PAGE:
6. teresa hinkson says:

    I want to stain my deck again. Some of the old stain will not come off. What should use to ensure I get coverage. And I don't want to use solid cause that looks like paint when it's done. I made that mistake on the front deck .

  7. patty monday says:

    I have a well weathered cedar deck. After prep clean up, what can I put on it if I want to protect the deck but make it more uniform in a grayish wood grain look ? If a color im not sure what color. House is med dark ruff sawn natural cedar ,white windows with black trim. Now what to do with deck, please help.

  8. Carla Mathis says:

    We let our new deck set for one full summer. Then we applied deck stain. Looked outstanding.. Then when spring came there was several spots that was peeling. When walking across with bare feet the peeling stain would come off on feet. What should we do now?

  9. Deloice Conner says:

    Very helpful information, there are so many products it is hard to decide which is right for my porch. I have 2 Large decks and are showing their years. With the right information I hope to keep them well for many years.

  10. Kathy Long says:

    We have a 12×12 pressure treated pine deck that we built in 1987. Since it is on the north side of the house and we have had an awning over it during the summer it is in good shape. We are thinking of just taking up the floor, leave the frame, and replace the floor with new PTL. Is there a point where you should not repair a 30 year old deck? Do you have to replace a deck when it is this old? The posts and frame look fine.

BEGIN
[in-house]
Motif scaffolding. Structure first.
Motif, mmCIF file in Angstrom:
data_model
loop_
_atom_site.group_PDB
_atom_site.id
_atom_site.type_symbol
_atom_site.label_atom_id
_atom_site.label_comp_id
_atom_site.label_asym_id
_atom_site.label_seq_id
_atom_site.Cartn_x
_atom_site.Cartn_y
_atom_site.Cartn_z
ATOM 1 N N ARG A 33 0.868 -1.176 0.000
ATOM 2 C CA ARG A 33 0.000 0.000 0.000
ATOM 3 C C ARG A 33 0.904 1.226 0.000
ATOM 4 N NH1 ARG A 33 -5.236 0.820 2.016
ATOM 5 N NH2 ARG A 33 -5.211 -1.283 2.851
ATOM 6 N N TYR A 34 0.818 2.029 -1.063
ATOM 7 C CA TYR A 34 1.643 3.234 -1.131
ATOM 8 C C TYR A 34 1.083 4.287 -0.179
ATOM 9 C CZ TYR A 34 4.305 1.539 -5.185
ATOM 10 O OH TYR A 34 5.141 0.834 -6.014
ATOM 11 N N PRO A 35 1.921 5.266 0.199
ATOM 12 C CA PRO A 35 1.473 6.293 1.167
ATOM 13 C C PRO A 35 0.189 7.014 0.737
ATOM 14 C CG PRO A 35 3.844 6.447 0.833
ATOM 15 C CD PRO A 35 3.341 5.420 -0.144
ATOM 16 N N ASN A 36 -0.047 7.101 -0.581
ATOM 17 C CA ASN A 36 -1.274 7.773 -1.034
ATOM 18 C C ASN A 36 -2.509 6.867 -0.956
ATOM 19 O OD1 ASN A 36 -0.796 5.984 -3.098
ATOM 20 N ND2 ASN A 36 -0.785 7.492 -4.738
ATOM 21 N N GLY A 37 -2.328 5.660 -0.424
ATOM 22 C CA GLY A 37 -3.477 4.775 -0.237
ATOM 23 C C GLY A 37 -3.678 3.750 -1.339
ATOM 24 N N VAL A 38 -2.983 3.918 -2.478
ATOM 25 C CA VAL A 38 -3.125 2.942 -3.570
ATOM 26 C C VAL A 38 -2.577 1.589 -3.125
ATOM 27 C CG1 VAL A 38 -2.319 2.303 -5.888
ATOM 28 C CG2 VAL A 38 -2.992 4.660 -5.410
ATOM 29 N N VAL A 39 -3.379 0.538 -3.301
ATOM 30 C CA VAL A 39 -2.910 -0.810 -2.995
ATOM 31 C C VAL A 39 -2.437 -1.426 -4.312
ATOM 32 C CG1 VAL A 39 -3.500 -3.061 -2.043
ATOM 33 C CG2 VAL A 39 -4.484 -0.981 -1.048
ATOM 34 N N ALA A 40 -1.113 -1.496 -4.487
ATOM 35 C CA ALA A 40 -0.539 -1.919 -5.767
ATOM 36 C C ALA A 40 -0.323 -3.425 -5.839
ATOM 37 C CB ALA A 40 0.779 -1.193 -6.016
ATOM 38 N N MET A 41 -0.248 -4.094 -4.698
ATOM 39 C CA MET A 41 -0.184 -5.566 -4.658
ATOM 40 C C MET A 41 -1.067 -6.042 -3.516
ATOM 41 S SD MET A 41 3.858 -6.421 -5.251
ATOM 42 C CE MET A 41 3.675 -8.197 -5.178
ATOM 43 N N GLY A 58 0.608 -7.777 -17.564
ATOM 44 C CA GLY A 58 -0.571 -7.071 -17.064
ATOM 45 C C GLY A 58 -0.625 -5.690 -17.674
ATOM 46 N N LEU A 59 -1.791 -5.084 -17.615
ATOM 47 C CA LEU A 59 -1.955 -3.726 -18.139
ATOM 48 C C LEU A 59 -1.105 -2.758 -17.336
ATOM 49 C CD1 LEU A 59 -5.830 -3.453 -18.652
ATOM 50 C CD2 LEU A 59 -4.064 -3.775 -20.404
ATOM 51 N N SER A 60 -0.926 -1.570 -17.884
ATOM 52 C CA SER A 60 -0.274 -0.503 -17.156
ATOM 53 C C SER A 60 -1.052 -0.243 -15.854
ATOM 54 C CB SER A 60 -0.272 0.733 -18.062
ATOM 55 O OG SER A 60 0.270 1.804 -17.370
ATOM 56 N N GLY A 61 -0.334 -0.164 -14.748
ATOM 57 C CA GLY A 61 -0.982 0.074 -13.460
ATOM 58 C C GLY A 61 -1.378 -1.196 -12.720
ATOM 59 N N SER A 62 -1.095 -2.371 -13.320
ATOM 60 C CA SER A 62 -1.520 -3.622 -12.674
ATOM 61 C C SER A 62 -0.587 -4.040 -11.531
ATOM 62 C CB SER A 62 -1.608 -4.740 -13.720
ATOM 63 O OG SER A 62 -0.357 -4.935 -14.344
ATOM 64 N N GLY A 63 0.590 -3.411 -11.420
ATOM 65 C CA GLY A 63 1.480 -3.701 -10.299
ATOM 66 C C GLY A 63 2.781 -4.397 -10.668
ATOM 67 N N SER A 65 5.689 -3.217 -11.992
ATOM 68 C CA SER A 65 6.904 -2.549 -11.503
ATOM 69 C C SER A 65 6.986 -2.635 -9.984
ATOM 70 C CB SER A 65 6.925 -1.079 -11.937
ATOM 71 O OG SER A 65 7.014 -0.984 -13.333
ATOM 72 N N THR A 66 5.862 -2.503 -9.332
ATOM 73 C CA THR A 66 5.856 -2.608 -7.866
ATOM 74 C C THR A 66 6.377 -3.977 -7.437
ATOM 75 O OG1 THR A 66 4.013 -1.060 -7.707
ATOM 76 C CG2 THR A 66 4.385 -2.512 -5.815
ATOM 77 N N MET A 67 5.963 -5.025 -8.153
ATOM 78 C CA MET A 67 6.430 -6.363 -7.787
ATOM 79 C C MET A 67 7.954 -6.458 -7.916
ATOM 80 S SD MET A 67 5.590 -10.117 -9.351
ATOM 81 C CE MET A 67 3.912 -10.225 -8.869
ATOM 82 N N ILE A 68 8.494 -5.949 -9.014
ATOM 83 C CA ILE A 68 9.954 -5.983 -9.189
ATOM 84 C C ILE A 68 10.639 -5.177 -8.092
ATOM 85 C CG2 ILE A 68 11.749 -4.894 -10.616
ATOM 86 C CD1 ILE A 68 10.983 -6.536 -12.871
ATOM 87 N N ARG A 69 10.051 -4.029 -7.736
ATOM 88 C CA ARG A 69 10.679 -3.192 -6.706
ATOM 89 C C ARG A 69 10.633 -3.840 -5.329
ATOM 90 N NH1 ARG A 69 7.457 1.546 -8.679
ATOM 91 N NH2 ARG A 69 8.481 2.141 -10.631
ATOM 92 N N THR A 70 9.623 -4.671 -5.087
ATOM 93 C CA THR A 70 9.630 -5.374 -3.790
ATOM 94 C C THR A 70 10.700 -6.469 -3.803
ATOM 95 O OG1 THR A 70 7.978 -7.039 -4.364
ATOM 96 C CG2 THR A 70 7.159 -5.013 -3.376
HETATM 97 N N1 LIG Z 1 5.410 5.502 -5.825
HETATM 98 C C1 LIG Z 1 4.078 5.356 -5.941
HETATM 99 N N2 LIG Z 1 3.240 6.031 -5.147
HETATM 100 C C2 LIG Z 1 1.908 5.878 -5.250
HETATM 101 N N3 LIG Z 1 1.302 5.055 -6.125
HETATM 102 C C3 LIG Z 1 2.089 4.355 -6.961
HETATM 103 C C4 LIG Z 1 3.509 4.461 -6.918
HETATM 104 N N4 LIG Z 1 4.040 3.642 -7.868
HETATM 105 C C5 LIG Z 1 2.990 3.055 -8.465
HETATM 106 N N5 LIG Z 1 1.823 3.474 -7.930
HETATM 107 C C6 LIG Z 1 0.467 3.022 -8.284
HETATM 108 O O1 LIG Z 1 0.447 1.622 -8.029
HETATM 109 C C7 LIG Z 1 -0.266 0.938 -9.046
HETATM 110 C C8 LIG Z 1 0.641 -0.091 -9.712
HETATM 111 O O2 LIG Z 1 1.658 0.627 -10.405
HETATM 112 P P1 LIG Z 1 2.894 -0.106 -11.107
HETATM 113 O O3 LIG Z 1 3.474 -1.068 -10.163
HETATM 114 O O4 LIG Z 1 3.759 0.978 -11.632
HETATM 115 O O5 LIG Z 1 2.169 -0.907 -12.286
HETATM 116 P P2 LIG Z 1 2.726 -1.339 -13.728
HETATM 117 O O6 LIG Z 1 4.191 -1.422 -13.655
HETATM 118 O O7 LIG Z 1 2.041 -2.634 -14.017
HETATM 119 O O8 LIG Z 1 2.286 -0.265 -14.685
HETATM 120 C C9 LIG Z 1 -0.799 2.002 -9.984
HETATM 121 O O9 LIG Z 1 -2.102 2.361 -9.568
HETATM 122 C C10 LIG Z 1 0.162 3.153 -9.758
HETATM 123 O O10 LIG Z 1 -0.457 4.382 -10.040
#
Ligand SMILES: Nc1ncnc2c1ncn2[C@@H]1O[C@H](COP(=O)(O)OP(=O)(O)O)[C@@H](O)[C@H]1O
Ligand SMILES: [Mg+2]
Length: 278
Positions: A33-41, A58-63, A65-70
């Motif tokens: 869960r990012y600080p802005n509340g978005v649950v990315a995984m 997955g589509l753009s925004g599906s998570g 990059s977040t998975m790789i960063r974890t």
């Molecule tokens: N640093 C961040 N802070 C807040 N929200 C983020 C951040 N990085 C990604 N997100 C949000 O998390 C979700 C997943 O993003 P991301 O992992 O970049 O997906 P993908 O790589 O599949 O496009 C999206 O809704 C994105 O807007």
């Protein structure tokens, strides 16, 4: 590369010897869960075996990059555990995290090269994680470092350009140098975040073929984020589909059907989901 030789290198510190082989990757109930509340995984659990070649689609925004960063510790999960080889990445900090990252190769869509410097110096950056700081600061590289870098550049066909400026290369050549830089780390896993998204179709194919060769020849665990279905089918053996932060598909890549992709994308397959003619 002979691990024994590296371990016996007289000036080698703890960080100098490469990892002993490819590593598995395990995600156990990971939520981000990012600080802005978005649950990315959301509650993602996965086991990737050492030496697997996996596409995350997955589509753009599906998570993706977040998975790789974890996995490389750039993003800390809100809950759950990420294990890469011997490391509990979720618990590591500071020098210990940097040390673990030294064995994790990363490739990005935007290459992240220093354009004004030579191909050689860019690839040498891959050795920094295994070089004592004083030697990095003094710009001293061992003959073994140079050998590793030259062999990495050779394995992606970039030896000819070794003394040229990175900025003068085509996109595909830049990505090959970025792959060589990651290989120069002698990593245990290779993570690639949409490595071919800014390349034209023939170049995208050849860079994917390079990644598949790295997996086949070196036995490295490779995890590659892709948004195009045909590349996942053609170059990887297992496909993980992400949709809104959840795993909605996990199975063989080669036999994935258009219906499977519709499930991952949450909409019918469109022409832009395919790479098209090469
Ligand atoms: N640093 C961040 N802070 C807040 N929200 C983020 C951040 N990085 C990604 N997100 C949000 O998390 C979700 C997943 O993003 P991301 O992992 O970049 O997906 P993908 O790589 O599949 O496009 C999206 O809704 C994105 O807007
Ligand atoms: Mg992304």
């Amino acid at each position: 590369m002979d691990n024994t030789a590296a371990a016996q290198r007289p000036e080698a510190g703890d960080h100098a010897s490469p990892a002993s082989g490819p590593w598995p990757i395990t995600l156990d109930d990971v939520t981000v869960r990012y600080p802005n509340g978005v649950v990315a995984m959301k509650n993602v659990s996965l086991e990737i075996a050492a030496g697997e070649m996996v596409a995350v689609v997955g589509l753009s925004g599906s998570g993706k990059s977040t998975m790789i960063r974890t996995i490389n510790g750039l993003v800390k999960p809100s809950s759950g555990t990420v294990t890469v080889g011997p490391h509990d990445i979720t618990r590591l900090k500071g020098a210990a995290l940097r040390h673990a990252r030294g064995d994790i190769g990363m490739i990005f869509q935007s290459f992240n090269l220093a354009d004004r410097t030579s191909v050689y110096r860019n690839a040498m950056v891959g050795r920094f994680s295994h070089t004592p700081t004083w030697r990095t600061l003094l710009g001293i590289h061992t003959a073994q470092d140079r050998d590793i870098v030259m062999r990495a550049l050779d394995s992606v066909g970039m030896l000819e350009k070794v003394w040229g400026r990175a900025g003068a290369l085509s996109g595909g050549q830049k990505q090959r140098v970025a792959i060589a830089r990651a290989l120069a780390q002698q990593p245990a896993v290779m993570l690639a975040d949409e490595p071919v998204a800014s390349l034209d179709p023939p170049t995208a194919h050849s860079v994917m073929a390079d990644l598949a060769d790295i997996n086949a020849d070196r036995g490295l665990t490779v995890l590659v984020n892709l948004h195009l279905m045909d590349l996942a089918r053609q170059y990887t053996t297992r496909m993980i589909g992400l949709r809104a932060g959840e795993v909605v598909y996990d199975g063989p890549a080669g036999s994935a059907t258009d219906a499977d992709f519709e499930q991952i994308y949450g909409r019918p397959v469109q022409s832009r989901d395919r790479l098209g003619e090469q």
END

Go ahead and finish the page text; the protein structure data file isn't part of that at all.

11. K. Eller says:

    Obviously the "non-drying" oils can't stay wet forever. How long is it before they dry enough to use the deck?

  12. Cynthia webb says:

    High altitude,freeze,thaw,lots of rain,morning sun.

  13. KayKay says:

    Deck is greying and is in bad shape after not being resealed for a few seasons. It is an east facing deck with no shade. We are new home owners and extremely hesitant to go the full solid route – since we fear both the painted look as well as the peeling pain. Can we power-wash, and go the semitransparent route in dark walnut or dark oak? (darker to hide imperfections) Will a couple of coats and then maintenance every 2 years suffice? Thanks in advance.

  14. S. Easton says:

    The information was knowledgeable and useful.

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*This is first and foremost a help site from our experience as wood restoration contractors. All stain and prepping manufacturer directions were followed with our reviews and ratings. We offer no guarantee of similar results. Take inconsideration that wood and deck stain results may differ due to prepping procedures, different wood types, exposure to UV radiation, natural weathering, etc.